Is this anthropomorphic view of AI really helpful?

The article concludes with “[…] if used without care, it is all too easy for AI to entrench existing disparities and discriminate against already-disadvantaged groups.”

It’s 2020, could we maybe move away from this Skynet/Terminator narrative… take Formula 1, you got the driver and the car. The “car” though means the team behind it. The car itself doesn’t care if it wins or loses; much like AI doesn’t either.

In fact, AI has to discriminate… inside that little blackbox that people don’t seem to understand. It’s simply part of pattern recognition, your brain does the same thing all day long (shame on you). Now, that is obviously not the kind of discrimination the article is talking about, but then don’t use phrases such as “it is all too easy for AI to” when AI is really not the culprit in any of the scenarios the article describes.

I don’t mind if we simplify things… and there is no need for managers to know what alpha-beta pruning or simulated annealing is. You need to be aware of the fact that AI will answer your question to the best of its ability… if there is a bias there, then it’s something that you’ve introduced… can’t blame AI for it afterwards.


Let’s wait for John Connor. Until then I’m with Musk on this.

(completely useless post, just couldn’t help myself!)

Actually, that depends on what you mean by…

Punctuation mistake… I was typing on my phone and accidentally double spaced.

Let’s wait for John Connor, until then I’m with Musk on this.

I added the part at the bottom to point out that I didn’t have anything to contribute to the discussion but I just couldn’t stop myself from throwing in the reference to John Connor and Elon Musk.

To answer your question, if I am not mistaken, Elon Musk is very outspoken against the idea of a fully autonomous artificial intelligent entity.

He regards individuals as incapable of regulating themselves and that is why he proposes oversight in the development of AI.

Hope that clarifies some of the previous issues with my post.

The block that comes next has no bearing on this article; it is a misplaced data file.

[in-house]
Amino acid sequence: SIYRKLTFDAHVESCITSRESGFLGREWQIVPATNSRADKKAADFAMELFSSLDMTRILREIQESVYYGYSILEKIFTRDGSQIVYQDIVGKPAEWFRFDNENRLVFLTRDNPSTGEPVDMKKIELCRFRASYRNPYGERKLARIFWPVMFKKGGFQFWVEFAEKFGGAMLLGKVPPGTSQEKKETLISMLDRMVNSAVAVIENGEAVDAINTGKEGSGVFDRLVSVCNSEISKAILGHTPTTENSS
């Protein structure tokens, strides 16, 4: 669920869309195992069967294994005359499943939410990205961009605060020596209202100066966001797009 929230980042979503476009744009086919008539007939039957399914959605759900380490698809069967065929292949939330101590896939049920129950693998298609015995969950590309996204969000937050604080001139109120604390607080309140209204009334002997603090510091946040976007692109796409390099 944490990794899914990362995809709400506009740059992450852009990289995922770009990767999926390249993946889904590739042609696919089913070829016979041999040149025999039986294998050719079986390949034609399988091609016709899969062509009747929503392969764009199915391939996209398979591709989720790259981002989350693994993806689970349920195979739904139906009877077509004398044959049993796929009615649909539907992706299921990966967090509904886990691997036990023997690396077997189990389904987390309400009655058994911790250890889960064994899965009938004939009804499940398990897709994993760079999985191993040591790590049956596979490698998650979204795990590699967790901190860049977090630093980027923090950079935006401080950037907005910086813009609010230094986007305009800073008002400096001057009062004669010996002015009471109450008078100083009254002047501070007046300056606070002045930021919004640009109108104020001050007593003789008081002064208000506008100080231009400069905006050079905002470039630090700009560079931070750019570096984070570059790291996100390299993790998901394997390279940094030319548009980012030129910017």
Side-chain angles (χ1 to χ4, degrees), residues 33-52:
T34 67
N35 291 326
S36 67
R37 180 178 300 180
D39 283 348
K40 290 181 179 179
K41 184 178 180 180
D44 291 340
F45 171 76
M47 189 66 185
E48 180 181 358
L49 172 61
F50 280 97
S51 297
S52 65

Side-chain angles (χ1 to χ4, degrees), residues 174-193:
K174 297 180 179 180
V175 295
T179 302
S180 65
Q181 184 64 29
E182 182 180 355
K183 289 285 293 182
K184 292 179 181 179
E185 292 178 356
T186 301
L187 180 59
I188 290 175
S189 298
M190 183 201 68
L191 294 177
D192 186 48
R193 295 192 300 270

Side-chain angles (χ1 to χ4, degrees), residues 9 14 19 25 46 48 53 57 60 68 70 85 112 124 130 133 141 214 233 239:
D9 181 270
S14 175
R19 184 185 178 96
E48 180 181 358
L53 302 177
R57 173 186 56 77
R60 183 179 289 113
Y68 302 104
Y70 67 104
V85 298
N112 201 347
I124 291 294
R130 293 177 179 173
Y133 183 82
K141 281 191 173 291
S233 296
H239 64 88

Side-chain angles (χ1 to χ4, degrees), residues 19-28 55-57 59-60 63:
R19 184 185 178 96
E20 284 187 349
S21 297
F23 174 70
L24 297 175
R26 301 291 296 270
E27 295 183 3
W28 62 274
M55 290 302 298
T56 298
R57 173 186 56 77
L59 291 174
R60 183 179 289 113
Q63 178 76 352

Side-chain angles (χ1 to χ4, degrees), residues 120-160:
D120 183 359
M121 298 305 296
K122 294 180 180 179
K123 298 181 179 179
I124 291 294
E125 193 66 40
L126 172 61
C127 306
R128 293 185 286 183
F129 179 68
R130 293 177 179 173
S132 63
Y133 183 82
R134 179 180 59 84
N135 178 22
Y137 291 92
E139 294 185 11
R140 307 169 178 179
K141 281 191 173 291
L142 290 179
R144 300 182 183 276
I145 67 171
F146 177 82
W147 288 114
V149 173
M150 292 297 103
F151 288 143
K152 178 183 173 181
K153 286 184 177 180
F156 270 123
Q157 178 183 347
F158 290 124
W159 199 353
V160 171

Just an aside, I find it really funny that Musk says that he’s against AI when he’s funding the Neuralink project.

I have a lay interest in the development of AI so I might be really wrong, but I’m under the impression that Musk is against AI as an autonomous entity but he is 100% behind body augmentation or human enhancement.

He is referencing AGI because AGI can make Super AGI. When this happens the world can end like a button press. His proposition is to give each human AI capabilities to counter AGI so that even if it happens humans can be in control stopping the switch to the end.

Believing AGI can happen accidentally is why he is against it. Not really actually against AI itself. Just the chance of an end switch.

His views on AI are amorphous, ultimately. He’s afraid of AIs “taking over the world”, but doesn’t express concern over having having a chip in your brain that will be able to predict and manage almost everything you do. Sounds pretty similar to me.

Ultimately, if you want to get interested in AI, don’t listen to Musk. He’s not respected by the broader AI community. Also, be careful from whom you learn about AI, since AI is in its buzzword phase, and every huckster in the world has their own “informed” opinion on AI. If you want to truly understand AI, you should probably talk to an actual computer scientist and read some of the works of John McCarthy.

Awesome! Thanks for the great reply!

Unfortunately, I’m not interested in getting into the field of AI in any other capacity other than a casual reader of news about it. Yet, as I might not be able to understand the technological aspect of AI, I do however understand the philosophical and ethical issues involved and now I do feel that my initial reply is more warranted.

Let’s wait for John Connor, until then I’m with Musk on this.


There is a difference between the “how” and the “what/why”. That is why I made the distinction.

The ethical system in society in the western world is one that evolved over time. It is not suitable nor is it adapting quickly enough for the world in which we live in now. A world driven by technological innovation.

And then on to one of my favourite philosophical questions(I’ll leave the others for a later date)… This one @bjoern.gumboldt is one I’d love to hear your thoughts on. Is it possible for a flawed being to create a perfect being?

What does that have to do with AI…?

From a philosophical perspective… Everything.

I have great respect for you, whenever you post something I read it and I walk away knowing that I learned something. Yet, this topic is a very controversial topic. We are looking at AI differently and I am pretty sure we disagree on whether AI is just a box or Pandora’s box.